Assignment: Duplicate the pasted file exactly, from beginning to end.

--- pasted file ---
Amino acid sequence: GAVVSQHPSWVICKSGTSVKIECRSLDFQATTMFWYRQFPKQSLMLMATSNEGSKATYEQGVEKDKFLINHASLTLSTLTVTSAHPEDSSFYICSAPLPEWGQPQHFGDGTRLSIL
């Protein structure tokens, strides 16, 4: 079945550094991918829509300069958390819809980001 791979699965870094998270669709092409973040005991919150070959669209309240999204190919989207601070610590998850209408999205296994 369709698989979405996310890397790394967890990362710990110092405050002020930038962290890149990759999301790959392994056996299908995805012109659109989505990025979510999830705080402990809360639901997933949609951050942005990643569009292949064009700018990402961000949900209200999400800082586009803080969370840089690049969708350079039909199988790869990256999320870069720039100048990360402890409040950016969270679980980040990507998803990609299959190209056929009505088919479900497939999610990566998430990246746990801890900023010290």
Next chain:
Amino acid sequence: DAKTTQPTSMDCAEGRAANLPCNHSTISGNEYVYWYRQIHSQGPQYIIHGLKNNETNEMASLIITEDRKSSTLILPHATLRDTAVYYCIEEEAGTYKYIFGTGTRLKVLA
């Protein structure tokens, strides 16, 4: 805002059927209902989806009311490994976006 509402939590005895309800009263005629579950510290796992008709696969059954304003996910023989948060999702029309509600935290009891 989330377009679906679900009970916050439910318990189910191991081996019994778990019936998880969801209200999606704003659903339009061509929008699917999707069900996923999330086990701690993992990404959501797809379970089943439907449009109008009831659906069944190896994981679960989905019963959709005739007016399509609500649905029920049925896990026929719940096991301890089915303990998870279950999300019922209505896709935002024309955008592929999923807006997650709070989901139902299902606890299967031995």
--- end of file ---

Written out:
Amino acid sequence: GAVVSQHPSWVICKSGTSVKIECRSLDFQATTMFWYRQFPKQSLMLMATSNEGSKATYEQGVEKDKFLINHASLTLSTLTVTSAHPEDSSFYICSAPLPEWGQPQHFGDGTRLSIL
């Protein structure tokens, strides 16, 4: 079945550094991918829509300069958390819809980001 791979699965870094998270669709092409973040005991919150070959669209309240999204190919989207601070610590998850209408999205296994 369709698989979405996310890397790394967890990362710990110092405050002020930038962290890149990759999301790959392994056996299908995805012109659109989505990025979510999830705080402990809360639901997933949609951050942005990643569009292949064009700018990402961000949900209200999400800082586009803080969370840089690049969708350079039909199988790869990256999320870069720039100048990360402890409040950016969270679980980040990507998803990609299959190209056929009505088919479900497939999610990566998430990246746990801890900023010290």
Next chain:
Amino acid sequence: DAKTTQPTSMDCAEGRAANLPCNHSTISGNEYVYWYRQIHSQGPQYIIHGLKNNETNEMASLIITEDRKSSTLILPHATLRDTAVYYCIEEEAGTYKYIFGTGTRLKVLA
């Protein structure tokens, strides 16, 4: 805002059927209902989806009311490994976006 509402939590005895309800009263005629579950510290796992008709696969059954304003996910023989948060999702029309509600935290009891 989330377009679906679900009970916050439910318990189910191991081996019994778990019936998880969801209200999606704003659903339009061509929008699917999707069900996923999330086990701690993992990404959501797809379970089943439907449009109008009831659906069944190896994981679960989905019963959709005739007016399509609500649905029920049925896990026929719940096991301890089915303990998870279950999300019922209505896709935002024309955008592929999923807006997650709070989901139902299902606890299967031995």